On this Fourth Sunday of Advent, we celebrate Peace.  In our readings today, this is brought forth by remembering what God had done for the Israelites up to the rule of King David, giving them rest from the many conflicts with their enemies.  In Mary’s life, we see this come to fulfillment in the Peace she has accepting God’s Will for her.

King David, in a time of peace and quiet, realized that he needed to build a house for the Lord to abide in.  This realization could have only come when God’s people were at last able to feel settled and secure enough that they could build things permanently.  For so long, even the Ark of the Covenant was simply in a tent, and King David realized (in shame) that he now had a better dwelling place than God.  In promising to remedy this, we see the fruits of peace: time to reflect and set things right, a quiet mind that can hear God’s voice, and opportunity to better ourselves.

Mary, though living under Roman rule, lived a life of relative peace.  The Israelites were still able to worship God in the Temple which was built according to David’s promise.  Her own family was able to provide for themselves.  But the true peace she embodied was within her, and shows us the way forward in any time or circumstance. 

Mary’s peace wasn’t reliant upon her people defeating the Roman Empire, or on great wealth, or on security of any form.  Her peace was what God had given her, being created from the moment of her Immaculate Conception to be a new Temple of the Holy Spirit, and so carry Christ into Creation.  In being told that this was in store for her, she was at complete peace to accept this from God, and so embodies the spirit we strive for.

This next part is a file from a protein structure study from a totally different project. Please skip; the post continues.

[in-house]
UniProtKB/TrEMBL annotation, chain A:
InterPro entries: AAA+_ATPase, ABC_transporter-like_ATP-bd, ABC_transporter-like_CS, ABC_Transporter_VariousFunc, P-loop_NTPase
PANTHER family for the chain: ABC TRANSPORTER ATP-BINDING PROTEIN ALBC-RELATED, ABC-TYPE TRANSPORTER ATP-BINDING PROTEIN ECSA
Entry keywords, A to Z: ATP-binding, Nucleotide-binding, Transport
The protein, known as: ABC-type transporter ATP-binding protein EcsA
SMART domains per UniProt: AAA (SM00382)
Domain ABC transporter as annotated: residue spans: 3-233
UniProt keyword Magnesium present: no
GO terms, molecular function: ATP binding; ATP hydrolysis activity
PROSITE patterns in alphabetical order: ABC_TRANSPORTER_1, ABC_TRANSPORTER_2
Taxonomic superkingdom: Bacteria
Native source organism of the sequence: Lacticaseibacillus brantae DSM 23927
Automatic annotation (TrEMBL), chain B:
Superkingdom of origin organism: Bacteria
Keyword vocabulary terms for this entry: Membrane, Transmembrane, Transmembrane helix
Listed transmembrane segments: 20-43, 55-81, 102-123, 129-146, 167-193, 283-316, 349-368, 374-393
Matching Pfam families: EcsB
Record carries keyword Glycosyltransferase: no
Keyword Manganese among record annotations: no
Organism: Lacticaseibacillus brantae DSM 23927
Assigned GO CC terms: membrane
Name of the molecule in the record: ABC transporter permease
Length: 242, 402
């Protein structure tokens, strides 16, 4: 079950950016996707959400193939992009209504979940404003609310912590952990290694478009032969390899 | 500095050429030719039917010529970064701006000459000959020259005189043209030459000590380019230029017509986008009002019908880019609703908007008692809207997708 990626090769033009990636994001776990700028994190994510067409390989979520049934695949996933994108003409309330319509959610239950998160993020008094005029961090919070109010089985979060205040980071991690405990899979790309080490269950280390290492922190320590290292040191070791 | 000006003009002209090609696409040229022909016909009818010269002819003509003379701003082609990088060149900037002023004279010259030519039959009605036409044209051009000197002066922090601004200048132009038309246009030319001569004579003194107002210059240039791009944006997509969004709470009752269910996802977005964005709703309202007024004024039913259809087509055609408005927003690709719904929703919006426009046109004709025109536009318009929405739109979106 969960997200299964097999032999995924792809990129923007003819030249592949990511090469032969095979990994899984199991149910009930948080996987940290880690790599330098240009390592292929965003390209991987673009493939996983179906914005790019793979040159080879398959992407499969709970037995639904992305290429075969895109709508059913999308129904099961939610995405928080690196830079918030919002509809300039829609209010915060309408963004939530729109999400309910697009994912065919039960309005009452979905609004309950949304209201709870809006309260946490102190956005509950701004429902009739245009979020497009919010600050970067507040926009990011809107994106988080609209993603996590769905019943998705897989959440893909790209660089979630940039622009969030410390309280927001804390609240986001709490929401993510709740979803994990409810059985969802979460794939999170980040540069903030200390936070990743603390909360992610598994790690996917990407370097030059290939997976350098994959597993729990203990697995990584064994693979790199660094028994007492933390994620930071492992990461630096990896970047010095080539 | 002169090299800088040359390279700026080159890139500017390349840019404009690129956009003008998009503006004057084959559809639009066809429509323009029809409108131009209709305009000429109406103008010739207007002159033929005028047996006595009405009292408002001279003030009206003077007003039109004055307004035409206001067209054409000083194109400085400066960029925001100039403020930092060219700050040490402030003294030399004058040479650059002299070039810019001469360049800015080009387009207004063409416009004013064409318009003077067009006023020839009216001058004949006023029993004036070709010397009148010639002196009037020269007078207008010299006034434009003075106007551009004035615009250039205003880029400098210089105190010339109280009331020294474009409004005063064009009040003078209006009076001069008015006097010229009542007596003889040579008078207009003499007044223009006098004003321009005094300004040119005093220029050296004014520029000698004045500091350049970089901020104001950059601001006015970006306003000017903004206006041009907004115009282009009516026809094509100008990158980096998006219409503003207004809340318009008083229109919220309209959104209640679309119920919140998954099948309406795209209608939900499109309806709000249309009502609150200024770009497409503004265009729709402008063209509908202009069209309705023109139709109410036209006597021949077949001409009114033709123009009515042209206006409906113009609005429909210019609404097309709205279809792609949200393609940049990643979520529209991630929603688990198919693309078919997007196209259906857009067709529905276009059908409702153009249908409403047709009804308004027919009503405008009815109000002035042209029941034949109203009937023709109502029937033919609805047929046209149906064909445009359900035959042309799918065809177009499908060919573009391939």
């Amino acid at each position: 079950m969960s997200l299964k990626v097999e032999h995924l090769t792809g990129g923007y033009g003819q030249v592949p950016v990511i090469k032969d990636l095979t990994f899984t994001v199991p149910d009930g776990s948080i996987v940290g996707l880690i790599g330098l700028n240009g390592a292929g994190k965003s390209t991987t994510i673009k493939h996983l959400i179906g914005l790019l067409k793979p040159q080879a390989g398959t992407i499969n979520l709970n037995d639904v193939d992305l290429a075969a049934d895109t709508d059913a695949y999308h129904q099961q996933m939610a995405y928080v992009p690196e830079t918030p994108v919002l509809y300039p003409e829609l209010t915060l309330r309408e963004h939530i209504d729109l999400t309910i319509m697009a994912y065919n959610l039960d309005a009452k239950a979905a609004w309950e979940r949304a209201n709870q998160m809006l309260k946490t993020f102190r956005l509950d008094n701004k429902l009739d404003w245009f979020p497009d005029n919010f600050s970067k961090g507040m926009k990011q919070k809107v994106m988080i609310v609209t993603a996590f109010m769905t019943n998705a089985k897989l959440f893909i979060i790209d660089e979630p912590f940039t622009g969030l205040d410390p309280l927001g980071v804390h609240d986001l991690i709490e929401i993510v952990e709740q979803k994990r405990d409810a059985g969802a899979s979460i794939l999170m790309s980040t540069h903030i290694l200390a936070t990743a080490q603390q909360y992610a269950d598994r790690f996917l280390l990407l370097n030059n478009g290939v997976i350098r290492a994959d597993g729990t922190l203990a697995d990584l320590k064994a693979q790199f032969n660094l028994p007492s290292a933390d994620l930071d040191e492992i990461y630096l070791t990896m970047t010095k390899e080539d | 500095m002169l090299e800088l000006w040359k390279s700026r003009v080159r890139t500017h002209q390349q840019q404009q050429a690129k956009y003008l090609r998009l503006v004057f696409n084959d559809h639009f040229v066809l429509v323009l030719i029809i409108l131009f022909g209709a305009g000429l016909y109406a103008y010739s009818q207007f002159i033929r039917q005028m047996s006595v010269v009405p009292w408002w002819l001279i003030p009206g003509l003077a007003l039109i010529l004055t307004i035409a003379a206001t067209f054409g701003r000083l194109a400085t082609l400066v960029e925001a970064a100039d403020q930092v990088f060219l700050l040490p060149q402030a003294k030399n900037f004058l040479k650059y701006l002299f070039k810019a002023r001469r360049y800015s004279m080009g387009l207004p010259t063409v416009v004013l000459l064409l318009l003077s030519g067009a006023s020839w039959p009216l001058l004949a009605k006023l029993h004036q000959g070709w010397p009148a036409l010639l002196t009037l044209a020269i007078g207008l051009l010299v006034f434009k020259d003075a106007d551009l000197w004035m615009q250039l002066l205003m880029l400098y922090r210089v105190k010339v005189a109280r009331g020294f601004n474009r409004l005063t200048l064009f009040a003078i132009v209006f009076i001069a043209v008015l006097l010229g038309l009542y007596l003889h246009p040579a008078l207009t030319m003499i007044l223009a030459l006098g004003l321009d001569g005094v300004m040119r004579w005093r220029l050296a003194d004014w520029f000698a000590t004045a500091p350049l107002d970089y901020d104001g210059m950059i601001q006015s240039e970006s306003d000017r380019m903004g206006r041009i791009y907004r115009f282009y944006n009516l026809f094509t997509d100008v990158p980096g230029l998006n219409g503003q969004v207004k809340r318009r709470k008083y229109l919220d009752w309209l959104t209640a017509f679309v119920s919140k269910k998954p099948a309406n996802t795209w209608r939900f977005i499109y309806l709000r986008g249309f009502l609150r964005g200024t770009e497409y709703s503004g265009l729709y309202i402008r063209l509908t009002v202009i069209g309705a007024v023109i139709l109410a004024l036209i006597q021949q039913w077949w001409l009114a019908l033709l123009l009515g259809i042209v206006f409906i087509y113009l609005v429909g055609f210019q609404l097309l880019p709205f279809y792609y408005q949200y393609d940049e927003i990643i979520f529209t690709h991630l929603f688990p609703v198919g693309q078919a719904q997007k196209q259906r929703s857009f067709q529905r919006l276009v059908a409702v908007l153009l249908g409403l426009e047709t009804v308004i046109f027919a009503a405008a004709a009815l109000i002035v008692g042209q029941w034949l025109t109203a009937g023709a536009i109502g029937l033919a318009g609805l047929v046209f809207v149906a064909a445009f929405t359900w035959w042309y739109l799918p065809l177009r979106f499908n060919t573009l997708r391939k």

In the lives of all the rest of us, there is a struggle to find peace, to be at peace, to have peace of mind.  But in the times when we have true peace in our hearts, we are at our best.  We act better, we feel better, we make better decisions, we aspire to more, and we better ourselves in ways we couldn’t otherwise.  Times of peace are when we should look to make something more of what we have been given.

For all the worries of this world which threaten our peace, we must have some help in fending them off.  If you are among the people who feel at peace, please remember that there are many around you who aren’t.  They are the people who need to be reassured that they are not alone in their struggles.  It may be a bit harder this year to reach out in a meaningful way, but that is your challenge, not your excuse.  There is no greater way to make more of what God has given you than to multiply it by sharing it with others. 

Rev Kev

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